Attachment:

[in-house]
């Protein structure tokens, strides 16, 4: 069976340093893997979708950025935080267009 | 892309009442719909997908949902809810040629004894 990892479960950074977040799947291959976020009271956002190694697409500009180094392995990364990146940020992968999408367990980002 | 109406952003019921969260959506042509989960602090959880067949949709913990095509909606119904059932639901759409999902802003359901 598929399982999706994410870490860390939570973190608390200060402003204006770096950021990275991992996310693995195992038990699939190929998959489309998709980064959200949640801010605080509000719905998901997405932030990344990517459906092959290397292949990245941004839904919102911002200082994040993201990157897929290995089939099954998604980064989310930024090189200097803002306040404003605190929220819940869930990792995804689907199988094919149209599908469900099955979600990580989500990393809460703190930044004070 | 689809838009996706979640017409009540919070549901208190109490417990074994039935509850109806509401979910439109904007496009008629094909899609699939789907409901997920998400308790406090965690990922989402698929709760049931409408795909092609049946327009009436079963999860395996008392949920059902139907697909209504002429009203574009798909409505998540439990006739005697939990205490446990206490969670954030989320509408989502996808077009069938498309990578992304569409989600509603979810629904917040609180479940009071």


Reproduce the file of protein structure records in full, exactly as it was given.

[in-house]
């Protein structure tokens, strides 16, 4: 069976340093893997979708950025935080267009 | 892309009442719909997908949902809810040629004894 990892479960950074977040799947291959976020009271956002190694697409500009180094392995990364990146940020992968999408367990980002 | 109406952003019921969260959506042509989960602090959880067949949709913990095509909606119904059932639901759409999902802003359901 598929399982999706994410870490860390939570973190608390200060402003204006770096950021990275991992996310693995195992038990699939190929998959489309998709980064959200949640801010605080509000719905998901997405932030990344990517459906092959290397292949990245941004839904919102911002200082994040993201990157897929290995089939099954998604980064989310930024090189200097803002306040404003605190929220819940869930990792995804689907199988094919149209599908469900099955979600990580989500990393809460703190930044004070 | 689809838009996706979640017409009540919070549901208190109490417990074994039935509850109806509401979910439109904007496009008629094909899609699939789907409901997920998400308790406090965690990922989402698929709760049931409408795909092609049946327009009436079963999860395996008392949920059902139907697909209504002429009203574009798909409505998540439990006739005697939990205490446990206490969670954030989320509408989502996808077009069938498309990578992304569409989600509603979810629904917040609180479940009071």